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Donovan McNabb IS a Redskin

ARLINGTON, TX - JANUARY 09:  Quarterback Donovan McNabb #5 of the Philadelphia Eagles during the 2010 NFC wild-card playoff game at Cowboys Stadium on January 9, 2010 in Arlington, Texas.  (Photo by Ronald Martinez/Getty Images)
Ronald Martinez/Getty Images
JW NixSenior Writer IIApril 5, 2010


For just the cost of the 37th pick of the 2010 NFL Draft, as well as only a third or fourth round pick in 2011, the Washington Redskins stole quarterback Donovan McNabb from the Philadelphia Eagles.

This is a move eerily similar to when the Redskins stole Hall of Famer Sonny Jurgensen from the Eagles in 1964 for Norm Snead. The Eagles got rid of Snead by 1970, after one Pro Bowl season, while Jurgensen stayed with the Redskins until 1974, going to four Pro Bowls, a Super Bowl, and an induction into Canton.

The loser of this trade is the Eagles, who got much less than they should have for a possible future Pro Football Hall of Fame enshrined in his prime. McNabb is the least intercepted quarterback per pass attempt in NFL history, has the second-best touchdown-to-interception ratio of all time, and has the third-highest winning percentage among active quarterbacks.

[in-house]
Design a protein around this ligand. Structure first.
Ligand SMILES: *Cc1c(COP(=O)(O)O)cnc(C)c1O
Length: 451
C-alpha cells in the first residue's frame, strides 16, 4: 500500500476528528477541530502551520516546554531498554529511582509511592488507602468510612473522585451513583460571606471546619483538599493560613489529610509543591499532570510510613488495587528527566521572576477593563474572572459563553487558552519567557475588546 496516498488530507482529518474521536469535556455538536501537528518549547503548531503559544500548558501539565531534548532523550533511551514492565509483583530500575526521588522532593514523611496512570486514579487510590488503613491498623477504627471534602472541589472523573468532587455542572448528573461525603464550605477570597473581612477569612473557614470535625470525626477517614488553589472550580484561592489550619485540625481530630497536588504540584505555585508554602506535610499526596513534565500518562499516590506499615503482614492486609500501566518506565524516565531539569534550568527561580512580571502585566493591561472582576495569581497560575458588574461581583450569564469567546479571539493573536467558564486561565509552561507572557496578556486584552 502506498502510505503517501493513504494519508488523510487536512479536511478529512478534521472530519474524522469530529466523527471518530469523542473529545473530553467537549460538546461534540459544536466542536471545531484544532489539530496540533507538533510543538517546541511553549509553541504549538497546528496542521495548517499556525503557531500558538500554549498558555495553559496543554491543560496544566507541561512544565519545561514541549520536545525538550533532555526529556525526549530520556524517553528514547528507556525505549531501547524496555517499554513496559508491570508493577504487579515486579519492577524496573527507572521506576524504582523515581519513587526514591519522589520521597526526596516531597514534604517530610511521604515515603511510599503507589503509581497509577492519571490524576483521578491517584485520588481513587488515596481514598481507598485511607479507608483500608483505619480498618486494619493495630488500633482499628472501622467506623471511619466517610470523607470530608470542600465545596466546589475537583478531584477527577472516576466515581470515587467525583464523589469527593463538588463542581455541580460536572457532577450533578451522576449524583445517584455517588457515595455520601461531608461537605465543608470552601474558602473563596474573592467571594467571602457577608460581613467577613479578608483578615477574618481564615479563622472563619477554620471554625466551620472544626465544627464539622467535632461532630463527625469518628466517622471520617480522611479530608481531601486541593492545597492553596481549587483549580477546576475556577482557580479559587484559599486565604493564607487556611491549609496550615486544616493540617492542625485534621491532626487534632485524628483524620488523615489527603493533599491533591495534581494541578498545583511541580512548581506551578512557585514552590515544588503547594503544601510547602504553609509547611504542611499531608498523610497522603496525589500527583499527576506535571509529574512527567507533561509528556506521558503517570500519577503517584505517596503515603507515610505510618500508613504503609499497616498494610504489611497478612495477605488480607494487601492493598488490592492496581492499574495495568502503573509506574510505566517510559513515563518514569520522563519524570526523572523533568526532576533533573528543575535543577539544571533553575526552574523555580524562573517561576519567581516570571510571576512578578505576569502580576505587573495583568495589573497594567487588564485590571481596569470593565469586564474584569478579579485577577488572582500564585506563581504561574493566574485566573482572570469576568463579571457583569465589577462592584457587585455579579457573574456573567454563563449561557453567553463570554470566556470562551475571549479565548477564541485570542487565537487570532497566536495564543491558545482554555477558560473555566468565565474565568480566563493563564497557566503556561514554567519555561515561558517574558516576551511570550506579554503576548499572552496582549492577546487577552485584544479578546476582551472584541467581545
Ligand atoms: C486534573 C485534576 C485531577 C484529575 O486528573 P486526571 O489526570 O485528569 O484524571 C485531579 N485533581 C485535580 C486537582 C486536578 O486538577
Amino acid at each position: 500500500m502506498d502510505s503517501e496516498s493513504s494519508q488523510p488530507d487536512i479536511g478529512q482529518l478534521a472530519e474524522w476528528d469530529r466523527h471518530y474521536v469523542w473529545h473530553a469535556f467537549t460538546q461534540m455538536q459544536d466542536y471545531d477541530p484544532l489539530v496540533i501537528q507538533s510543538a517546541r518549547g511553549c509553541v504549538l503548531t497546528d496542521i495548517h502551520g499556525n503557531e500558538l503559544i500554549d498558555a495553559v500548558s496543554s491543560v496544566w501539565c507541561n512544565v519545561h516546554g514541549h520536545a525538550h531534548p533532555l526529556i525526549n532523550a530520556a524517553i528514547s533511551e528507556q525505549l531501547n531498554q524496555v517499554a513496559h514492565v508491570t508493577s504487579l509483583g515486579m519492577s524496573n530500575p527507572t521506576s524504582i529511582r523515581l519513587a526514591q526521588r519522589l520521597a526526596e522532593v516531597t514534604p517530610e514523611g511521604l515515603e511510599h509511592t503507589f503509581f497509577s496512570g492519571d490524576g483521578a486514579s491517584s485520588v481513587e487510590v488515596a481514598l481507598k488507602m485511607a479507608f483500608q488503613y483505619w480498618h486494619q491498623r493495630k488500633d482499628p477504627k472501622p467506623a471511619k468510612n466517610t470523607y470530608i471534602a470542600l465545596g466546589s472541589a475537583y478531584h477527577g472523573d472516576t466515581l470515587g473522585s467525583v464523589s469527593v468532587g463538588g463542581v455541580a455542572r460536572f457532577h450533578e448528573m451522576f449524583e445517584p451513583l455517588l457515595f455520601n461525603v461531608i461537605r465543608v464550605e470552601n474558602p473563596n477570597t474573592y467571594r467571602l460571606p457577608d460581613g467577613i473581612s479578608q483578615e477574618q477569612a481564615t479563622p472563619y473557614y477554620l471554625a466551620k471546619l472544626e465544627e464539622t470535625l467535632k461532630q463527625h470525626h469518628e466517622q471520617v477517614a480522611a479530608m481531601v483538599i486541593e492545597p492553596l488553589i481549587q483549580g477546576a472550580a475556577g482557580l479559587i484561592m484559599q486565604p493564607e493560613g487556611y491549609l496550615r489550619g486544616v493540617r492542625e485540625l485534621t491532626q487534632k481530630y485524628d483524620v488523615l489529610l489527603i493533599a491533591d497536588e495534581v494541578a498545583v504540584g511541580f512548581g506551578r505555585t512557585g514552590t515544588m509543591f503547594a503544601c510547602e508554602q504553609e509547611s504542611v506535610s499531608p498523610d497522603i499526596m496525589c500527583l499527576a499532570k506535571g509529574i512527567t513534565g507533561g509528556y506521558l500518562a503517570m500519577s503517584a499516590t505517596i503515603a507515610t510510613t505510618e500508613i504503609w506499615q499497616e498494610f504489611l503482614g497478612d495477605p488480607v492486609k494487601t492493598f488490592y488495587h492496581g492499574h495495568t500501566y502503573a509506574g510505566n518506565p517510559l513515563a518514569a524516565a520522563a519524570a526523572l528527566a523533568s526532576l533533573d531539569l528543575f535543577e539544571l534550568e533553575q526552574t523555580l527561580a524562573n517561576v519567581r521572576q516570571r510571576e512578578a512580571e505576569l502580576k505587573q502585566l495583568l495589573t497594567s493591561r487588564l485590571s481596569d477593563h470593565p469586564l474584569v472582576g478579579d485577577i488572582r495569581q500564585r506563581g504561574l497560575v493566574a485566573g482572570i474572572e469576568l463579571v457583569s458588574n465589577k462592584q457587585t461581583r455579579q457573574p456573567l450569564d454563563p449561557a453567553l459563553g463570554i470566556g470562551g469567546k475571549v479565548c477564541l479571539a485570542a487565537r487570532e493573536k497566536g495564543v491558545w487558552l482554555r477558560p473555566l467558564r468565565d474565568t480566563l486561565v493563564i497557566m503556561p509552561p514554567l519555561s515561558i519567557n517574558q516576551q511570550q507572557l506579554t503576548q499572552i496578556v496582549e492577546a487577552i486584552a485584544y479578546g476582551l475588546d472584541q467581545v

Though it is apparent Philadelphia is going with Kevin Kolb as their 2010 starting quarterback, he has huge shoes to fill behind perhaps the best quarterback in Eagles’ history.

Another loser in the trade is Jason Campbell, the Redskins’ 2009 starter at quarterback. Campbell was coming off the best season of his career, though he was virtually running for his life every time he attempted to pass behind perhaps the worst offensive line in the NFL in 2009. Campbell is now very possibly trade bait for the 2010 NFL Draft.

Now it is apparent the Redskins are zeroed in on Oklahoma State Left Offensive Tackle Russell Okung as their first round pick in 2010. Getting McNabb protection is a must, even after giving up practically nothing for the five-time Pro Bowler’s services.

What where the Eagles thinking getting virtually nothing from a division rival. McNabb should view this as an obvious slap in the face. It is clear Philadelphia does not think this trade will come back to haunt them. He should talk to Jurgensaen upon immediate arrival in Washington D.C. to learn how to make the Eagles regret this move.

Give Redskins’ General Manager Bruce Allen major kudos for pulling this move. He certainly conned the Eagles. His dad, Redskins’ Hall of Famer George Allen, would certainly be proud. His son just pulled a trade his dad never did.

After weeks of signing has-beens and scrubs, Allen has made his offseason grade an A+ after this one move; not a bad way to kick off his first season as the Redskins’ GM.

Now the Redskins are full of veterans. From McNabb to Willie Parker, Larry Johnson, and Artis Hicks, Redskins’ first year head coach Mike Shanahan has surrounded himself with guys who have been there and done that.

This trade might end up being the steal of the decade, much like Jurgensen was for Washington over 36 years ago. If McNabb has half of Jurgensen’s success, it probably will be.

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